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Conor McGregor Posts Under Police Investigation After Raging Against Government Over Knife Attack: Report

Conor McGregor Posts Under Police Investigation After Raging Against Government Over Knife Attack: Report

Mixed martial arts star Conor McGregor has made a career — and a fortune — by hitting hard when he had to.

Now, McGregor’s own Irish government is reportedly investigating the fighter’s hard-hitting social media posts about last week’s knife attack in Ireland that left three young children and a teacher’s aide wounded.

McGregor is clearly hitting too hard for the people in power.

According to The Times, the London-based British newspaper, McGregor’s comments “are being assessed by the gardai, the Irish police, as part of an inquiry into the dissemination of online hate speech. The inquiry is being led by Justin Kelly, an assistant garda commissioner.”

The attacker in Thursday’s bloodshed has not been officially identified, though reports that he is an Algerian immigrant, who has lived in Ireland for 20 years, led to a wave of rioting in the Irish capital.

McGregor publicly distanced himself from the violence in a social media post but has unleashed a steady stream of criticism of the Irish government’s handling of a flood of immigration swamping the country.

In a January article, the left-wing U.K. Guardian newspaper reported that public anger is rising as Ireland “is facing a dual crisis. Many Irish people cannot afford to rent or buy homes, leading to overcrowding, homelessness and anger. Simultaneously, the system to accommodate asylum seekers and refugees is near collapse.”

“The state is housing about 73,000 migrants, comprising 54,000 Ukrainians and 19,000 international protection applicants. A year ago the total number was 7,500. Hotels, emergency shelters and other improvised accommodation centres are full. Last week the minister for integration, Roderic O’Gorman, said in effect there was no room for fresh influxes. The UN refugee agency said Ireland’s asylum system appeared to be ‘unravelling.’

In the wake of the Thursday knife attack, McGregor called out Drew Harris, commissioner of the Garda Síochána, Ireland’s national police force, for appearing to focus too much on the rioters in Dublin rather than the cause of the rioting.

He also slammed Irish Prime Minister Leo Varadkar over a particularly insipid social media post that Varadkar published about the release of a 4-year-old girl taken hostage by Hamas terrorists in Israel during the Oct. 7 slaughter that spawned the current Israel-Hamas war.

Varadkar wrote that the girl was an “innocent child who was lost and now has been found and returned.”

That peculiar description of the helpless victim of a kidnapping committed by savages on a day of mass murder drew scorn from McGregor, who likened the apparently willful blindness to the treatment of the Irish immigration crisis by the country’s media and government.

“She was abducted by an evil terrorist organization,” McGregor wrote. “What is with you and your government and your paid for media affiliates constantly down playing / attempting to repress horrific acts that happen to children. You are a disgrace. The day after a stabbing of children in Ireland, NOT ONE PAPER HAD IT ON THEIR FRONT COVER. We will not forget.”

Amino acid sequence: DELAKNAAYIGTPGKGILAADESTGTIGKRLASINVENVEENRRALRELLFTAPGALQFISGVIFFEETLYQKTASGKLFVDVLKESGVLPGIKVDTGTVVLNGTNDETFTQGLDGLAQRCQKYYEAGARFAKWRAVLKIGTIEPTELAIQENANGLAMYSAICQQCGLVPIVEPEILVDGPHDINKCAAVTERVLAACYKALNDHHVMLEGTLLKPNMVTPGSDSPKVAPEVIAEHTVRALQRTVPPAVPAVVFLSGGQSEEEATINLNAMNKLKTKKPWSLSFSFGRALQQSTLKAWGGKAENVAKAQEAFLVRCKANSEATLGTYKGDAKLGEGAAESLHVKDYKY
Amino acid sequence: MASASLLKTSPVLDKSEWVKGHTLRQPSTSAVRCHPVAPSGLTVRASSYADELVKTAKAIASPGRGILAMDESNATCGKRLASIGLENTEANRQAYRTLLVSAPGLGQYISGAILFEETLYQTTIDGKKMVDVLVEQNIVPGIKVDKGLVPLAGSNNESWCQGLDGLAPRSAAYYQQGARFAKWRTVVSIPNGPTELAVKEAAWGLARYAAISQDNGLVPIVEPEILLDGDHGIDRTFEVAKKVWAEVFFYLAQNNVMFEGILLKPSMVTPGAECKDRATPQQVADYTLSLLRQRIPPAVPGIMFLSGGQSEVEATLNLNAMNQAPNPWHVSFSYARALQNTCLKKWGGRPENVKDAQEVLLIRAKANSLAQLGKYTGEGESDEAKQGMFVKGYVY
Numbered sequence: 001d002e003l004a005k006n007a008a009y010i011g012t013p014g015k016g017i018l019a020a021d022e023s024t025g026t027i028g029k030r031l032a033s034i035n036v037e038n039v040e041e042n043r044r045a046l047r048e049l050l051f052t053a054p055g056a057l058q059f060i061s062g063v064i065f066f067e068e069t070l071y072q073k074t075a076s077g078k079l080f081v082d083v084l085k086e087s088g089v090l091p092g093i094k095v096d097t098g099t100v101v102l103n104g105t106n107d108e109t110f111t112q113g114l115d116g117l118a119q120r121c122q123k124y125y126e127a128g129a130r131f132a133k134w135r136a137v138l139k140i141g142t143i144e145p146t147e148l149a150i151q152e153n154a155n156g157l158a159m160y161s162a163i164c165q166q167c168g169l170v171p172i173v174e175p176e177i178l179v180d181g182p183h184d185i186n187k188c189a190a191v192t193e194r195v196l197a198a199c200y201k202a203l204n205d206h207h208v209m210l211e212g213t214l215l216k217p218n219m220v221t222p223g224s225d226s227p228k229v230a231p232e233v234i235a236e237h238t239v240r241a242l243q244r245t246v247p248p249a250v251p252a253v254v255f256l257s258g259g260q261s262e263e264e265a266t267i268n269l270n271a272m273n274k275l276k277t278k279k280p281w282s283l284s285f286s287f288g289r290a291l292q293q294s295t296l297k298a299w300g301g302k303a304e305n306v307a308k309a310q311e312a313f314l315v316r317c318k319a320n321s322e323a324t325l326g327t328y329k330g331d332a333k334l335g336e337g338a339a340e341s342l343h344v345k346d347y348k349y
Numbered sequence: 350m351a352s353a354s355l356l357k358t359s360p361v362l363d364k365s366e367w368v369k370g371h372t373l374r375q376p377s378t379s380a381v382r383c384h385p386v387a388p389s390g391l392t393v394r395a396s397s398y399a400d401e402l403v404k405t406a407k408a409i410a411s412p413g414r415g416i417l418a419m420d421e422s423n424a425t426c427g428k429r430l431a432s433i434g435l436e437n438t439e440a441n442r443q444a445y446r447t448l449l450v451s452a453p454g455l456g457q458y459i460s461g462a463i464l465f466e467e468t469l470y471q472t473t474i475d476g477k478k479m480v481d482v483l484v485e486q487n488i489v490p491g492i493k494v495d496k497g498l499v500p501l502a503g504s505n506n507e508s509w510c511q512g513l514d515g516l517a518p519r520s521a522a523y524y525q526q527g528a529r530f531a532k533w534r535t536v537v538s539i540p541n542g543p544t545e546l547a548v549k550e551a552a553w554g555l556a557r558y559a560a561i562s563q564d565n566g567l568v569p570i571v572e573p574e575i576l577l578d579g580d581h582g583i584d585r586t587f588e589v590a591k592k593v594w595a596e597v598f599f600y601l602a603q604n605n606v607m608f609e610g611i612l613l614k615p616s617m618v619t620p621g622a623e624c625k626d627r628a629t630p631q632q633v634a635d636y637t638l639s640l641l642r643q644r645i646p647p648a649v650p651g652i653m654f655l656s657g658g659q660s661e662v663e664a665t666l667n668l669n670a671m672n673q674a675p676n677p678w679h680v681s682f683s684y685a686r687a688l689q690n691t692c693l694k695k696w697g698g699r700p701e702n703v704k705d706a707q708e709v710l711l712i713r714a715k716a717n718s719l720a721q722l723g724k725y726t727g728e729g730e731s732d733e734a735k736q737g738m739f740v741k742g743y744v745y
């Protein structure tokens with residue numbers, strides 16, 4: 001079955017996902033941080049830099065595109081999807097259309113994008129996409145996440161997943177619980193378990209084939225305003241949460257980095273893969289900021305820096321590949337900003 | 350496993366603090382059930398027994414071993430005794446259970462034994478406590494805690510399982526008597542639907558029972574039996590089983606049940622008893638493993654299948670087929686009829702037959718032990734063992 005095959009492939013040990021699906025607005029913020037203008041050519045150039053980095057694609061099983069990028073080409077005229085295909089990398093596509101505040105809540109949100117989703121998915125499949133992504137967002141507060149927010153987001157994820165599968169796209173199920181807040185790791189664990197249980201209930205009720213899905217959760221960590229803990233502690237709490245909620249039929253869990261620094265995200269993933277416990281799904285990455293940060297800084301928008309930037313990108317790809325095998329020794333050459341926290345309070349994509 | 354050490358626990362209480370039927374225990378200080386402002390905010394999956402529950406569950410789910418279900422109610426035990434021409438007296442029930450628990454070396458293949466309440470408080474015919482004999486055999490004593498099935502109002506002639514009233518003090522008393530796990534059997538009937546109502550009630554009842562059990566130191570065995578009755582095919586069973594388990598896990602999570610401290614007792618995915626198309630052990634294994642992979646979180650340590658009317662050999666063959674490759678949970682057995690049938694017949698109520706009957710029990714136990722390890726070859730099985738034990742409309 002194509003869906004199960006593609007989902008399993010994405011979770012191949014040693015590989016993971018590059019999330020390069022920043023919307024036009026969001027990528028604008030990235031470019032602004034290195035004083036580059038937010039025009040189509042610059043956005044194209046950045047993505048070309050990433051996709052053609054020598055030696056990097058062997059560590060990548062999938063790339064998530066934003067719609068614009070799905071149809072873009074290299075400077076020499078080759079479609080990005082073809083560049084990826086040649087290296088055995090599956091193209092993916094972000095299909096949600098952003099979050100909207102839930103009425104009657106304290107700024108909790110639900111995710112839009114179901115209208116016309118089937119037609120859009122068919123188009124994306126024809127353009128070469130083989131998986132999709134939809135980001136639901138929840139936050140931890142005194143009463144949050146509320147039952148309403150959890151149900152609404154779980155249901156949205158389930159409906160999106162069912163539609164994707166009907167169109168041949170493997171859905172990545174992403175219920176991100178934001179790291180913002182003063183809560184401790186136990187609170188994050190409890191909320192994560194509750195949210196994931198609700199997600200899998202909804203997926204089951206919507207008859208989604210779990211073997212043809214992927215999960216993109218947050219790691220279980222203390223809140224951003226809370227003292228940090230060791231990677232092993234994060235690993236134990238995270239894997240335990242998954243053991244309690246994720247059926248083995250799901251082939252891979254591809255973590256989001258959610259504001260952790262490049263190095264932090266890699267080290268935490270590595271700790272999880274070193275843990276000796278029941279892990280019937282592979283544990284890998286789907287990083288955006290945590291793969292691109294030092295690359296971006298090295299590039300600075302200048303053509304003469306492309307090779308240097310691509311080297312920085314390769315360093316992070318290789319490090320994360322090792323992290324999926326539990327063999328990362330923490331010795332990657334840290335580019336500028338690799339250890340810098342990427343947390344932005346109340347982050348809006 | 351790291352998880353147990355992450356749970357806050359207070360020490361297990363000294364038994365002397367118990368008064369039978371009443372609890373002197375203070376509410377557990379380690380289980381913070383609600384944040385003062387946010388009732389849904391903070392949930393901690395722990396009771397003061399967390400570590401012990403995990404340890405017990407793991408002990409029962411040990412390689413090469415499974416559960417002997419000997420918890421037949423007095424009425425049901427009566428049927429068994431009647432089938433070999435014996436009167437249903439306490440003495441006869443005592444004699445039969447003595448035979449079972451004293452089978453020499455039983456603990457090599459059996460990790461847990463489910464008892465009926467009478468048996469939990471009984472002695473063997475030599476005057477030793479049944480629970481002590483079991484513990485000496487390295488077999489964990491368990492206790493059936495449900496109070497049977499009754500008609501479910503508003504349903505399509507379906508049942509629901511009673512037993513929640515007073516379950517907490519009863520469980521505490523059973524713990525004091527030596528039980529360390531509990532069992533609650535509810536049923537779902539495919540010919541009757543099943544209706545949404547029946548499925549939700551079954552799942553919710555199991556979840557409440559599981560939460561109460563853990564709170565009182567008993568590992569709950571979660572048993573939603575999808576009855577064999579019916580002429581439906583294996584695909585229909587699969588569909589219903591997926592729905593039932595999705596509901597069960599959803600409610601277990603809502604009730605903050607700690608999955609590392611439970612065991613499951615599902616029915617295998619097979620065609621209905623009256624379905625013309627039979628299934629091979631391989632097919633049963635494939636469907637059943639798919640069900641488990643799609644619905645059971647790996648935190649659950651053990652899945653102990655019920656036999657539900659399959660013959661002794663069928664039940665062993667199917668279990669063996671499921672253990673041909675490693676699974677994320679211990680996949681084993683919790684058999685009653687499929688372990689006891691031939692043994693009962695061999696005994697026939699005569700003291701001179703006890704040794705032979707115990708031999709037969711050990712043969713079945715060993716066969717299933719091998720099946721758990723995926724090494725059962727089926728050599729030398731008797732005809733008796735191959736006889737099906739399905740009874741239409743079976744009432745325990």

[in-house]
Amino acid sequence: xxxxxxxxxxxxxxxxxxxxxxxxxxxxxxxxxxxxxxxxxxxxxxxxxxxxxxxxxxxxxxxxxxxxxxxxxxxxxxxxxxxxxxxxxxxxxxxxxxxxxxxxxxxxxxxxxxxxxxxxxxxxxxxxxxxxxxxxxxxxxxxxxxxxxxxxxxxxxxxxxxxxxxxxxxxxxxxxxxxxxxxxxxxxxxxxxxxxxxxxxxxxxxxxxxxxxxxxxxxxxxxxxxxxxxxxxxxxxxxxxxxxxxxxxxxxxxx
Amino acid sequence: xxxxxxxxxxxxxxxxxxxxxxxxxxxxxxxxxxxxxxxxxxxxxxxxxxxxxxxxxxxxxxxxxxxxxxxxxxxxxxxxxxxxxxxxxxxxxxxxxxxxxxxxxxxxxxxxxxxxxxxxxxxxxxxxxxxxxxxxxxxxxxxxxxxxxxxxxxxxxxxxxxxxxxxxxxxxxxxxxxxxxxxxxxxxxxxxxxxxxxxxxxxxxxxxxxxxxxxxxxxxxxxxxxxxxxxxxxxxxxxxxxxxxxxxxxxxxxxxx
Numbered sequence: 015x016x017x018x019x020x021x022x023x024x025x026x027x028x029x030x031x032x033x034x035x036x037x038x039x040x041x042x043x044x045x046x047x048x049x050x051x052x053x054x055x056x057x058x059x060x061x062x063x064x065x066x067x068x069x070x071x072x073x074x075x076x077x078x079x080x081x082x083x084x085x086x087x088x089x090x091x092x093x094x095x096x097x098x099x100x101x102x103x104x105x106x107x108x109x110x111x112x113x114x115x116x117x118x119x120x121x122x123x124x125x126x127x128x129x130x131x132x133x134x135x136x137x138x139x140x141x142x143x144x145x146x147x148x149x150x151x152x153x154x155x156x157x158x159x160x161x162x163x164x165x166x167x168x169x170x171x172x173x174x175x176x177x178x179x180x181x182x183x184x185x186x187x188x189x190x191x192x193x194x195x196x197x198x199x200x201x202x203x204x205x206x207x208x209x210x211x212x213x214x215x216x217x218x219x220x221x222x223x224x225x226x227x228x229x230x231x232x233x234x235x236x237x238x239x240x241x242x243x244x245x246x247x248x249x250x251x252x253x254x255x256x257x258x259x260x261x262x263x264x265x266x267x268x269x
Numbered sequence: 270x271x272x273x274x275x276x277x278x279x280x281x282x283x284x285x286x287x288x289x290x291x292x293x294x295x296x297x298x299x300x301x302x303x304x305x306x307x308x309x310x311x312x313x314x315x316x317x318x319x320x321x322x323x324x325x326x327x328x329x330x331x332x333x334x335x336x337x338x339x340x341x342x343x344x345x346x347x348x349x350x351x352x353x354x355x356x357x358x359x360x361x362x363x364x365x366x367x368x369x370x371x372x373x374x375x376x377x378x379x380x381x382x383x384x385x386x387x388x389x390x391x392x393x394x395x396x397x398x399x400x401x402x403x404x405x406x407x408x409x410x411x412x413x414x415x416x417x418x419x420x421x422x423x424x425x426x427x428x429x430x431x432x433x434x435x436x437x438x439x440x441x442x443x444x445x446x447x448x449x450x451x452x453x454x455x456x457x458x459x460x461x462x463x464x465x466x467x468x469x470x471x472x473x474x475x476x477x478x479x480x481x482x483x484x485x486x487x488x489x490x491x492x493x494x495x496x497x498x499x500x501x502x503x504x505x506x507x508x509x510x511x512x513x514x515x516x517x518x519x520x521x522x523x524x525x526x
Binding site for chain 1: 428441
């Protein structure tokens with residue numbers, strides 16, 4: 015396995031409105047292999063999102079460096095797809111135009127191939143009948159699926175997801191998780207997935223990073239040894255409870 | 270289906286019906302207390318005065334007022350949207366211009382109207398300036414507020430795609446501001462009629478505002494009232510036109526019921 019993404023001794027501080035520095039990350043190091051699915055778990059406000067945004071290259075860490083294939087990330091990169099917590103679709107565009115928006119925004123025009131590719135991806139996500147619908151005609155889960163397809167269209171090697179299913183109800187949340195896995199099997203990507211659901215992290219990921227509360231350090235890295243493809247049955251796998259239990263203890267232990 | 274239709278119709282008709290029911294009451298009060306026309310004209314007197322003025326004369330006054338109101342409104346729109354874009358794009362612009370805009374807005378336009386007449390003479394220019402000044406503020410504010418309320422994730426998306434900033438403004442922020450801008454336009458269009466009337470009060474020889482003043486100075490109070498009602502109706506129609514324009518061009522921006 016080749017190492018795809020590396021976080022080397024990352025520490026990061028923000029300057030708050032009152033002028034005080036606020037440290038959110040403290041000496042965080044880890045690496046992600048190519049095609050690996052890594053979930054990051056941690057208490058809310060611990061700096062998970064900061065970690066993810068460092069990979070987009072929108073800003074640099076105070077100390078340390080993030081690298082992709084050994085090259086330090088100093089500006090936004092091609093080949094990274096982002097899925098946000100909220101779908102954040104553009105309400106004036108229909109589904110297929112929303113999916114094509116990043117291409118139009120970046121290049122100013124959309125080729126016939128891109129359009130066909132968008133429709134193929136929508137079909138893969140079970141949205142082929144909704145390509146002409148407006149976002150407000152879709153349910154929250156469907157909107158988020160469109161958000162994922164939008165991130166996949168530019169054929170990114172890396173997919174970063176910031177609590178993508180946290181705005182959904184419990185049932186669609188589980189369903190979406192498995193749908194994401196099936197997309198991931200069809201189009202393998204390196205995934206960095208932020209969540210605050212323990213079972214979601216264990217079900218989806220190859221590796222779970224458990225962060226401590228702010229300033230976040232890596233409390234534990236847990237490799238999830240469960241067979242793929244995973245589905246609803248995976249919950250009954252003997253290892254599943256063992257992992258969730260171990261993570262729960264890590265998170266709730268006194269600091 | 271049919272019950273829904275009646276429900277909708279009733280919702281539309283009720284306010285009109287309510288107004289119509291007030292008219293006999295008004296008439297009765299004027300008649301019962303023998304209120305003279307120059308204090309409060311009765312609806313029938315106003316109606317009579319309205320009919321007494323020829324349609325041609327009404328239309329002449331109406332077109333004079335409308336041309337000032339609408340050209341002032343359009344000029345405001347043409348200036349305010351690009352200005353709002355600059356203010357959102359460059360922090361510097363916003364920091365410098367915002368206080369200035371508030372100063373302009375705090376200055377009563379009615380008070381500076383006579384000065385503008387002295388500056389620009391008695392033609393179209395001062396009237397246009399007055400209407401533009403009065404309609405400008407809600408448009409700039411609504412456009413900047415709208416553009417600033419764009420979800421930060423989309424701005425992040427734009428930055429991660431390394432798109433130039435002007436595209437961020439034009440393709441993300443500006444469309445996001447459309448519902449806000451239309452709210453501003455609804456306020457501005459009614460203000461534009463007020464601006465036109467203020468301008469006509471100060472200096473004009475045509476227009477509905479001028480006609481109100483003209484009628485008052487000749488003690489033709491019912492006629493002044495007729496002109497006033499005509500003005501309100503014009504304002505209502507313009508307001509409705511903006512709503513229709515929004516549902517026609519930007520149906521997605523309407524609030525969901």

In another social media post, McGregor wrote, “One of the most horrific crimes this nation ever seen has occurred, we do not care anymore what you sad cases have got to say. In a war you are nothing. We are not backing down, we are only warming up. There will be no backing down until real change is implemented for the safety of our nation. We are not losing any more of our woman and children to sick and twisted people who should not even be in Ireland in the first place. Call it what you want. We do not care. May God help us all. Ireland for victory.”

All of those are strong words — and McGregor has published many other equally strong posts on social media regarding his country’s immigration crisis.

He has also called out other Irish officials by name.

Incensed over the murder of an Irish school teacher by a Slovakian immigrant, for instance, he published a post demanding to know “What are we doing/what have we done to ensure this situation doesn’t happen again.” That was addressed to Micheál Martin, Ireland’s minister of foreign affairs.

So, he’s furious with the government, which would no doubt love to paint him as a viciously anti-immigrant bigot, but that will be tough to square with McGregor’s public praise of the Brazilian immigrant who stopped Thursday’s knife attack.

McGregor, who owns a restaurant called the Black Forge Inn outside Dublin, wrote that the man is “forever free to eat at my establishment.” Not exactly the words of a raving xenophobe.

In short, McGregor is one of Ireland’s most famous names, and he’s clearly unafraid to take on the country’s political establishment in some of the most public manners possible. He’s even being talked about as a potential candidate for national political office.

And now, amazingly enough, comes a report from an establishment news outlet that his posts “are being assessed” as part of “an inquiry into the dissemination of online hate speech.”

From all appearances, it seems the only “hate” here is from those in power, who hate to be questioned, who hate to be challenged, and who hate having citizens unafraid to stand up for themselves.

If that doesn’t sound familiar to Americans, it should.


This article appeared originally on The Western Journal.

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